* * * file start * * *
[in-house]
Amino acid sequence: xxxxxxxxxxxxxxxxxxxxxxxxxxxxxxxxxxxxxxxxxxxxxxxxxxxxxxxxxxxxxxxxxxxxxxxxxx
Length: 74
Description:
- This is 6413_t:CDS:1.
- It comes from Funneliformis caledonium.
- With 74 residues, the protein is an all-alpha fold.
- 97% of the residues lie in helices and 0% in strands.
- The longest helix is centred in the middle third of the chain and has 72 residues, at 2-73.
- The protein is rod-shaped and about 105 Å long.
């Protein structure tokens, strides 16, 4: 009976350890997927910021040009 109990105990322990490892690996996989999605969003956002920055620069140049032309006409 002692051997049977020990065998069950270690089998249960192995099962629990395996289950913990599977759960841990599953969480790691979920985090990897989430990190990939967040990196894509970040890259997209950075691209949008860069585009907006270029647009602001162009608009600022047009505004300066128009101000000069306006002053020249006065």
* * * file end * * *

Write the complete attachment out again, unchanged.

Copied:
[in-house]
Amino acid sequence: xxxxxxxxxxxxxxxxxxxxxxxxxxxxxxxxxxxxxxxxxxxxxxxxxxxxxxxxxxxxxxxxxxxxxxxxxx
Length: 74
Description:
- This is 6413_t:CDS:1.
- It comes from Funneliformis caledonium.
- With 74 residues, the protein is an all-alpha fold.
- 97% of the residues lie in helices and 0% in strands.
- The longest helix is centred in the middle third of the chain and has 72 residues, at 2-73.
- The protein is rod-shaped and about 105 Å long.
């Protein structure tokens, strides 16, 4: 009976350890997927910021040009 109990105990322990490892690996996989999605969003956002920055620069140049032309006409 002692051997049977020990065998069950270690089998249960192995099962629990395996289950913990599977759960841990599953969480790691979920985090990897989430990190990939967040990196894509970040890259997209950075691209949008860069585009907006270029647009602001162009608009600022047009505004300066128009101000000069306006002053020249006065």